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Re: Simon's new Xantia V6 blog

Post by Mandrake »

Went for a lovely trip yesterday from Glasgow up through Loch Lomond and around the top, back down through Sterling and back home again - about 3 hours of driving albeit only 150 miles or so, thanks to plenty of windy country roads and lower gears...

This is the first long trip the car has been on in quite a while, regular readers will know that sadly this car like the previous one does get used largely for "milk runs" that are not befitting a V6 and doesn't regularly get a chance to stretch its legs for any length of time. It ran very nicely yesterday, in keeping with the improvements that I noticed since I changed the air temperature sensor.

Today I've been for a number of runs to the rubbish dump (a bit further than a milk run, but still shortish :lol: ) and oh my god, this thing is going like a bat out of hell! :twisted: It feels like a caged animal that is pulling at the leash and just rearing to go. It is honestly that zippy and punchy today that I'm amazed. I thought it was going quite well yesterday, today it is incredible. =D>

Clearly the long journey yesterday did it some good, it's too much of a co-incidence for it not to be that but the curious part of me wants to know why ? Anyone have any ideas why a good blast yesterday has made such a difference ?

The obvious answer is the spark plugs may have had a bit of carbon fouling on the insulators, but they're quite new plugs, good quality OEM spec Bosch plugs of the correct heat range so they shouldn't have fouled even with a lot of short trips.... should they ?

Another thing that has changed recently is it has had an oil change and filter a few weeks ago and yesterday was the first really good run it's had since that job was done. Could the detergent action of the new oil have had a chance to work now and clean out some gunge from somewhere - hydraulic tappets maybe ?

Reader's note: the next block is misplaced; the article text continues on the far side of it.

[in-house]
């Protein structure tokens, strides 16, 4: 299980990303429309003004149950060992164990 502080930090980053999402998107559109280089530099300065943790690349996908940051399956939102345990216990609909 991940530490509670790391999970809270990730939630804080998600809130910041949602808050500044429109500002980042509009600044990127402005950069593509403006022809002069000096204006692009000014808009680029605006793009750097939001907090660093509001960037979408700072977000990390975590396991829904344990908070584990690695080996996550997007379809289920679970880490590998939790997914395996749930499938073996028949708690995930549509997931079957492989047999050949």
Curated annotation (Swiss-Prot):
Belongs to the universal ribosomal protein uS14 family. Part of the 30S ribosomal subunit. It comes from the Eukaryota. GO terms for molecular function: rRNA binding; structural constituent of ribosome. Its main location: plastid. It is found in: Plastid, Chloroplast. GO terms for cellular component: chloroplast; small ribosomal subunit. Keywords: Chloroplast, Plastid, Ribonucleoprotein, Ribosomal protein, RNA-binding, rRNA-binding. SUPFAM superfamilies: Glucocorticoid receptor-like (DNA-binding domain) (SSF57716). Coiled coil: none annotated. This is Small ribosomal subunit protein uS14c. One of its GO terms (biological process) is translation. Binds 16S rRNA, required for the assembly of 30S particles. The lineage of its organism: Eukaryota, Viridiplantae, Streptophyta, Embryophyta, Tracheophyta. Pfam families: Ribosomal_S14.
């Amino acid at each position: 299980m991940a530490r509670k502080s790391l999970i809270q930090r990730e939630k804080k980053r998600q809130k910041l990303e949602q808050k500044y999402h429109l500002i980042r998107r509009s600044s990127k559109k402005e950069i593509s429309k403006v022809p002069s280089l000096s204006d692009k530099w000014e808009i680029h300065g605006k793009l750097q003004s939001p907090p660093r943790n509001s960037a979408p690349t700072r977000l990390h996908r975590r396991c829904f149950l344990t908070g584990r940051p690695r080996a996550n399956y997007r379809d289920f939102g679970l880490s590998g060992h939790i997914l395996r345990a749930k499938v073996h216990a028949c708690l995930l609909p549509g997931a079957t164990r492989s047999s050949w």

Or could it be something like a bit of carbon build up in the combustion chambers getting burnt off ? (Do "modern" cars still suffer this affliction or is that a thing of the ancient past ?)

Any other possibilities ? I would say it's performance today is quite possibly the best its ever been since I've had the car.

I'm really curious to know what changed because it sure is fun to drive now when accidentally pressing the loud pedal a bit much on takeoff results in a mad scrabble of wheel spin.... :mrgreen: :twisted:
Last edited by Mandrake on 08 Sep 2015, 20:04, edited 1 time in total.

Hell Razor5543
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Re: Simon's new Xantia V6 blog

Post by Hell Razor5543 »

You just gave it a long Italian tune up!

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Mandrake
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Re: Simon's new Xantia V6 blog

Post by Mandrake »

Hell Razor5543 wrote:You just gave it a long Italian tune up!
Maybe, but it wasn't being driven hard as such - I had two passengers who would not have taken kindly to a lot of foot to the floor stuff.... so while I drove briskly in some places like quiet stretches of motorway I also spent a lot of time keeping to the speed limit and following other cars at a constant speed. I wouldn't have classified my driving style yesterday as italian tuneup. :mrgreen:

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Re: Simon's new Xantia V6 blog

Post by Hell Razor5543 »

No, but you blew the cobwebs out. I would suggest you do that on a regular basis, to keep her in fighting fettle.

Using a very poor analogy, the racehorse Yeats managed to make history by winning the Royal Ascot Gold Cup 4 times in a row. One thing the trainer did was to enter him in a race a few months before Royal Ascot week. He was not expected to win, or even do well; the idea was to get him back into the feel of racing. It worked, he made history.

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Mandrake
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Re: Simon's new Xantia V6 blog

Post by Mandrake »

Managed to fix the cruise control yesterday :) Or at least get it working again, as the repair uncovered a previous bodge job! [-X

After doing battle with the two rusted bolts with a junior hacksaw and a drill (no grinder with cutting disk for me - yet!) I found the problem fairly quickly - the pipe circled in blue had split:

Image

After cutting off the split part of pipe I soon found why it was split - the pipe doesn't seem anywhere near big enough to push over the spigot. :shock: Even after applying some grease and stretching it as much as possible I was only just able to get it on as far as shown in the picture... I don't know how long it will last or whether it too will split. There seems to be a join in the pipe indicated in the yellow circle - is that joint and the seemingly too small pipe original or has someone replaced it ?